Buzz Lightyear is back. He’s just not the toy that audiences may remember. Pixar’s Lightyear, directed by Angus MacLane, is supposed to be one of Andy from Toy Story’s favorite films, and given the exciting action and incredible animation it’s easy to see why. While it’s no Toy Story 2, Lightyear is an emotionally-charged, character-driven film that will keep viewers entertained throughout as the titular protagonist embarks on an epic and action-packed sci-fi adventure.

While out on a mission with his fellow Space Command rangers, Buzz’s bravado results in an accident that leaves him and hundreds of others stranded on a strange planet. Solely focused on fixing his mistakes, Buzz obsessively embarks on a number of test flights with the goal of being able to achieve hyperspeed and getting everyone out of there. Unfortunately for Buzz, each test flight around the sun results in him missing four years worth of time on his new home planet, and as he desperately moves forward with each attempt he is choosing to forfeit time with friends and loved ones. After one last attempt to achieve hyperspeed, Buzz returns to a planet under duress and is quickly thrust into the action. Alongside a few Junior Patrol members who are still very much so in training, Buzz and his team have to stop the evil Zurg and figure out a way to save all of the trapped Space Commanders before it’s too late.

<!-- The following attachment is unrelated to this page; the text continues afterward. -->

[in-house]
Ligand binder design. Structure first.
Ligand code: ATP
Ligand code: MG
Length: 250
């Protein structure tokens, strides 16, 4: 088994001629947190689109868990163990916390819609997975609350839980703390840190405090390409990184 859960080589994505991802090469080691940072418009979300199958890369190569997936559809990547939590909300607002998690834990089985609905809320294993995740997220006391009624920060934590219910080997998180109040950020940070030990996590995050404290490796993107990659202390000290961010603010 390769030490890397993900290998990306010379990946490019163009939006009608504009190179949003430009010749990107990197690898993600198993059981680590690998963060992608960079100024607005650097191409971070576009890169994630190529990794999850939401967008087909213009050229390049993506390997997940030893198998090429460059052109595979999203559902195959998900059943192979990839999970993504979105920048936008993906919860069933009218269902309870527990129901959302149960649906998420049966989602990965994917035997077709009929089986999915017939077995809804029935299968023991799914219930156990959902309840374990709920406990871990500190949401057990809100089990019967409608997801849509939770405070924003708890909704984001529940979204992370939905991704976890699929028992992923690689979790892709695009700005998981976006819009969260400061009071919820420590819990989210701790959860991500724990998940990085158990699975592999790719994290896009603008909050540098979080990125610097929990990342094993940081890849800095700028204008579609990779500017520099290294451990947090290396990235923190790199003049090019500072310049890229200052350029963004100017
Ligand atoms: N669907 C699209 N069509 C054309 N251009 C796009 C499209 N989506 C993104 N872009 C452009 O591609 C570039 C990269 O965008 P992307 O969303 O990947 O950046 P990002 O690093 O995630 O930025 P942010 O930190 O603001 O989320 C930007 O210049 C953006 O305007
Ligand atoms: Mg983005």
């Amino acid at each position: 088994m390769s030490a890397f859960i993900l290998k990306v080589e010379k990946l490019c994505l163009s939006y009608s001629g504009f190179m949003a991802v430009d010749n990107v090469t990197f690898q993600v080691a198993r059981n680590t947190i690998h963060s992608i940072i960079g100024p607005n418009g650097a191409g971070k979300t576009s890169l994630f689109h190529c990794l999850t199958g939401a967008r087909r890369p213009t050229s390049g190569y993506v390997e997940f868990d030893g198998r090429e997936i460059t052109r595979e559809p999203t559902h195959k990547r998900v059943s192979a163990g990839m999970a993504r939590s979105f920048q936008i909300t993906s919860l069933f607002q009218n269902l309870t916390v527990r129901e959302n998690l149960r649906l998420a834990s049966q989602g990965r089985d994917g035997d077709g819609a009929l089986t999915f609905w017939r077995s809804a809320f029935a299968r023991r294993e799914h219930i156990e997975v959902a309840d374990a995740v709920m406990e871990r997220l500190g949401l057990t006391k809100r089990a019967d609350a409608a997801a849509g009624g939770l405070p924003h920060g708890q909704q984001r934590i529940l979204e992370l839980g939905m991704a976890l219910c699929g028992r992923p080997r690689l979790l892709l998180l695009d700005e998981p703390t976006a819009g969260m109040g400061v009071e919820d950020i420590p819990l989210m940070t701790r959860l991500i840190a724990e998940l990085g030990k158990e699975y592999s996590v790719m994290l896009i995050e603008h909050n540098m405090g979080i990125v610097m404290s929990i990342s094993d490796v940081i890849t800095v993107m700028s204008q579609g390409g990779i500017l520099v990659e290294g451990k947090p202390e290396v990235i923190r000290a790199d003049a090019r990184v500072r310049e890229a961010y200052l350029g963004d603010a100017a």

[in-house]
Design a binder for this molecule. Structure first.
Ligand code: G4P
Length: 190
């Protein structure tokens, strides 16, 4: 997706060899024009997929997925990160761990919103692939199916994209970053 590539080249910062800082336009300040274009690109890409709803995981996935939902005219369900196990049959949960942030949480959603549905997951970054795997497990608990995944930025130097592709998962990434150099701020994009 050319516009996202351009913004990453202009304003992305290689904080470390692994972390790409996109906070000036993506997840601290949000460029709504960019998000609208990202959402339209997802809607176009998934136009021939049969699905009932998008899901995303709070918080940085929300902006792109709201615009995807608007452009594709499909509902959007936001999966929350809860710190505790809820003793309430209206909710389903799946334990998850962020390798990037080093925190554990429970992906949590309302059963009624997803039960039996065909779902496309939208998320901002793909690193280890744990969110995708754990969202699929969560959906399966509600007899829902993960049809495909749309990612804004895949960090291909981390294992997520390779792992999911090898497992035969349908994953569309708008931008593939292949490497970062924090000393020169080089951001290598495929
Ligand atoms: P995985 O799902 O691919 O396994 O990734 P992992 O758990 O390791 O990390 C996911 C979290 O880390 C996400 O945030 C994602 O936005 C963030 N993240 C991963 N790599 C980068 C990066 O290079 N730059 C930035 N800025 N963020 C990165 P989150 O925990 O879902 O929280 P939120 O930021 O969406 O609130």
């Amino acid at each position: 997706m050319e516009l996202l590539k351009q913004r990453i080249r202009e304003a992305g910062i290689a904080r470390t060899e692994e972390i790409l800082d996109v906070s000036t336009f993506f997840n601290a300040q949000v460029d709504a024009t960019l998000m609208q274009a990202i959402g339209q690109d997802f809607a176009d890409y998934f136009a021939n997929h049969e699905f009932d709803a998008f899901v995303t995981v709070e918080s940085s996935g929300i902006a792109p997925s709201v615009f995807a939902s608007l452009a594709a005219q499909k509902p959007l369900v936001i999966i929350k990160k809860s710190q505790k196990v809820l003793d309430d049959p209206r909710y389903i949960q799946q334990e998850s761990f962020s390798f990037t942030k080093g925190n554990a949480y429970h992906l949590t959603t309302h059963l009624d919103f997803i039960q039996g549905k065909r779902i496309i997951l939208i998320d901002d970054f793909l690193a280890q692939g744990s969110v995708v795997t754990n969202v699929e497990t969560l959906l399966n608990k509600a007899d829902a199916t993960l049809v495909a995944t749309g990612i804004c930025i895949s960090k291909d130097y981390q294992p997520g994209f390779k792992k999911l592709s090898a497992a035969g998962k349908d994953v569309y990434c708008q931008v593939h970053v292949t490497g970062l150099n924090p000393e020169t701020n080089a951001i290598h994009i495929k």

I’ll delve a bit deeper into Lightyear’s themes in a different paragraph, but I want to say that the movie deserves a lot of credit for the emotional state it often leaves Buzz in. For most of Lightyear, Buzz is desperately trying to fix his mistake and it’s clear that his actions weigh on him every day. There’s a real sense of trauma and self-defeat hanging around Buzz, and that only makes his triumphant moments feel all that more earned because the audience has seen just how much emotional labor Buzz has put into making things right again. Thanks in part to Chris Evans’ fantastic vocal performance, Buzz feels like a fully fleshed out character who shifts from bragodicious behavior (like narrating his own adventures for no reason) to deeply introspective reflection without missing a beat.